Demographic Influence on the Evolution of Antiretroviral Therapy (ART)
Pp. 136-153 (18)
Sarah Nanzigu, Moses R. Kamya and Gene D. Morse
Access and well-modulated use of antiretroviral agents (ARVs) in North
America dates as early as 1990 with the initial guidelines recommended zidovudine
monotherapy, just 4 years after FDA approved the drug. Continued review of emerging
data, led to the recommendation of highly active antiretroviral treatment (HAART) in
1998. Clear documentation of access and use of antiretroviral therapy (ART) in
resource limited settings was first observed in 2002 after the World Health Organization
(WHO) issued guidelines for resource limited settings, and included key ARVs into the
WHO essential drug list. Delayed access to ART heavily impacted the initial control of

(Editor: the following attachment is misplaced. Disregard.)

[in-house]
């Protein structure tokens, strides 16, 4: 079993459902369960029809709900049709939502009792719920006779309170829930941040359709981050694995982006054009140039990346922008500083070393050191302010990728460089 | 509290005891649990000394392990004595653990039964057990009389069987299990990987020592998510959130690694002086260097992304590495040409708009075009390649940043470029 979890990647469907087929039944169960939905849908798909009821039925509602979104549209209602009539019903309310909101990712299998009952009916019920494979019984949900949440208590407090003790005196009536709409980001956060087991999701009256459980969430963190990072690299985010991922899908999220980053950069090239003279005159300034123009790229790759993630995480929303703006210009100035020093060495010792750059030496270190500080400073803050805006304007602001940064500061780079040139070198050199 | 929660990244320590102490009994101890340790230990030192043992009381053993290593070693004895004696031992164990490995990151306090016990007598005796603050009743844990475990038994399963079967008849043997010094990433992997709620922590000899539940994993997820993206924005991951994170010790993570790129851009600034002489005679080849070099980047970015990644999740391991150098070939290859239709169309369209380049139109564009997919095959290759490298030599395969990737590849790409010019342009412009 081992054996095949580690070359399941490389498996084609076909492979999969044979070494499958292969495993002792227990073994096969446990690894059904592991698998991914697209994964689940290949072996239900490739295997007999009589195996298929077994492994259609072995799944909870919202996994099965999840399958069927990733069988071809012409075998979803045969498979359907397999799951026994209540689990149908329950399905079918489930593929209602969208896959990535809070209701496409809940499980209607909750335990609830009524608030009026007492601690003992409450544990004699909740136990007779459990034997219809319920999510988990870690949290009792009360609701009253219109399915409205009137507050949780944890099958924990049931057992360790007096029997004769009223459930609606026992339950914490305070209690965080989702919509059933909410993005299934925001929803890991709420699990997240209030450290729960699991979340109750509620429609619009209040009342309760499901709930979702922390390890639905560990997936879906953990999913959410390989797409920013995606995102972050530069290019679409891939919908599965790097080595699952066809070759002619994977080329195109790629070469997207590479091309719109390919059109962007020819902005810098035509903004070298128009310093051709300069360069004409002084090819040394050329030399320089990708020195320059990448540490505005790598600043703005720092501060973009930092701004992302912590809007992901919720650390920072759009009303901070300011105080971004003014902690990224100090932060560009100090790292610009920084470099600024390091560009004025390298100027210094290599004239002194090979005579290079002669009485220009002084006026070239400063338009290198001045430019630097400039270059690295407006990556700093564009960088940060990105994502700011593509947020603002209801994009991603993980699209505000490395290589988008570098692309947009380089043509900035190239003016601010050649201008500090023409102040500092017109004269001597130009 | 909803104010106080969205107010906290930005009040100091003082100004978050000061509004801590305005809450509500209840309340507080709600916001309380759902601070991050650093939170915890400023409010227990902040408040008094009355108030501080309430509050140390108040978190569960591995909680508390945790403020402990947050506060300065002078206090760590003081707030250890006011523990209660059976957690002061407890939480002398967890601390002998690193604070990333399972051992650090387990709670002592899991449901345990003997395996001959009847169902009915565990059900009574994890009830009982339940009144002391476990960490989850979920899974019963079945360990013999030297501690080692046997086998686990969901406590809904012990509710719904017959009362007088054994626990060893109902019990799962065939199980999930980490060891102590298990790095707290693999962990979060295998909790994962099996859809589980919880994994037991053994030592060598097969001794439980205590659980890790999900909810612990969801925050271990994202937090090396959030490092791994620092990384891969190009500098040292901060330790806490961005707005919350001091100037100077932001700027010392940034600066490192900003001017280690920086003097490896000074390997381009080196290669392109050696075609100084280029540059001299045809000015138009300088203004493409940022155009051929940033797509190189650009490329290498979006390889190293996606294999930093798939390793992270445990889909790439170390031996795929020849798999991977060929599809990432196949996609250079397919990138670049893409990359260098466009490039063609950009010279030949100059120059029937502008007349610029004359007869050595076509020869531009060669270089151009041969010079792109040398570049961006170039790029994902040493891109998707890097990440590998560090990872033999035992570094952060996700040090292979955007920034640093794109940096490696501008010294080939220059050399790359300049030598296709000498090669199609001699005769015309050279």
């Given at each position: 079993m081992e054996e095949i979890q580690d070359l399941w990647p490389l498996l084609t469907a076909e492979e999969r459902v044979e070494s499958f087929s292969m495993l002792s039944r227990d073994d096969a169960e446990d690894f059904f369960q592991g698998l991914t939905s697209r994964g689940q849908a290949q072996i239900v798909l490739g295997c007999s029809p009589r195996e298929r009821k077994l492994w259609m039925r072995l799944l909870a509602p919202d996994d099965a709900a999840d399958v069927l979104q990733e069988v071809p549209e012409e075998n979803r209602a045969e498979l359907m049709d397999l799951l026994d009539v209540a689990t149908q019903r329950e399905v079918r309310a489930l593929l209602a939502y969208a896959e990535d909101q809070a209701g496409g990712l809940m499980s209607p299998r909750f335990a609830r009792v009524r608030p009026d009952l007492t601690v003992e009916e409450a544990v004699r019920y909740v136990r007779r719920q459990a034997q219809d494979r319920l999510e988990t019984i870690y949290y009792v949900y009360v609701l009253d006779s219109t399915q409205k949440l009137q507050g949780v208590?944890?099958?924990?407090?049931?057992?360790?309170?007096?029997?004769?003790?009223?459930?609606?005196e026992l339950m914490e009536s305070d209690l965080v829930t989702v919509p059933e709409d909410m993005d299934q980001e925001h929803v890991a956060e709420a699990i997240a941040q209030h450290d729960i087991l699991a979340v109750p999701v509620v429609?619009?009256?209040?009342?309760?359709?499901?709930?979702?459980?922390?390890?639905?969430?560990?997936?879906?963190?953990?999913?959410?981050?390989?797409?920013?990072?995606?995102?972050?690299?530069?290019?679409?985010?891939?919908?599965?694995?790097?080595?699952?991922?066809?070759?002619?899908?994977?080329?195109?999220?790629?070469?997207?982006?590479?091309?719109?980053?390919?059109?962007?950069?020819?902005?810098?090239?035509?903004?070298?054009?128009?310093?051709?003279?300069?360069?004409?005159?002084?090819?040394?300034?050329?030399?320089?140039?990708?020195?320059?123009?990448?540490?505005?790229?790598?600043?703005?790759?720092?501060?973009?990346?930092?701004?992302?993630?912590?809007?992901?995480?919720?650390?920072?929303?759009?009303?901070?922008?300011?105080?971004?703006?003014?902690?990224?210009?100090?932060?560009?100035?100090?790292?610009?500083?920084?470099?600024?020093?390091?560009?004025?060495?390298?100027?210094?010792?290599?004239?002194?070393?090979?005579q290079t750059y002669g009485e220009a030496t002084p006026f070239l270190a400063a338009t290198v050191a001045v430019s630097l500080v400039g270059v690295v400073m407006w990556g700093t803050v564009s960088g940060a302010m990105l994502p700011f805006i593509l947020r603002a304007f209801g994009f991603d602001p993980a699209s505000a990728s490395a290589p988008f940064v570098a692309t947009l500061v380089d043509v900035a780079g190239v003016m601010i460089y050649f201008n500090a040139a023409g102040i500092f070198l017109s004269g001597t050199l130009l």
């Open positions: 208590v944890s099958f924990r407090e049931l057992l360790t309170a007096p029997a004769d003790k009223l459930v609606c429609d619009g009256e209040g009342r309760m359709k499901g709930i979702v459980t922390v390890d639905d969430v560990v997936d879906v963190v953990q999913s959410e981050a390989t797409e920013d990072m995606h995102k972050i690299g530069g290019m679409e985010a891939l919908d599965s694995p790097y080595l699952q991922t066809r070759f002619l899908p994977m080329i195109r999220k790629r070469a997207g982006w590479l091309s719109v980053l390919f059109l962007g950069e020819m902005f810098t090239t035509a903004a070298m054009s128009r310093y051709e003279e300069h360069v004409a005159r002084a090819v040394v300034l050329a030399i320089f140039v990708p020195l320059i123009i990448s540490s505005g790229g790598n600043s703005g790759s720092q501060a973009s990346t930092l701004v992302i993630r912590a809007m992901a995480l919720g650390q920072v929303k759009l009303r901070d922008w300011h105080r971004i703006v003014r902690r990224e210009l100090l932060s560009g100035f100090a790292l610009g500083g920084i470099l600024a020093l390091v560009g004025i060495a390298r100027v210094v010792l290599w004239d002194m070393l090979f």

the HIV epidemic in resource limited settings, but even with improved access to ART,
differences in the management of HIV still exist; including timing for ART initiation
and HIV/ART monitoring strategies. Access to key HIV/ART monitoring tools
including viral load testing is limited in low resource settings, leading to gaps in
HIV/ART management that may no longer be experienced in resource rich settings.
Geographical variations in HIV sub-types and key co-infections further subject the
control and management of HIV to demographic influence. Until now, resource
availability and demographic differences are key determinants in treatment initiation
and regimen selection, while variable access to ART and key monitoring tools possibly
affect the HIV epidemic, making its control less effective in some settings.
ART, Resource Settings, Resource Limited Settings, HIV, HIV/ART,
HIV sub-types, ART Guidelines, HIV Co-treatment, ART Criteria, ART
Timelines, ART Coverage.
Department of Pharmacology and Therapeutics, Makerere University College of Health Sciences, Uganda.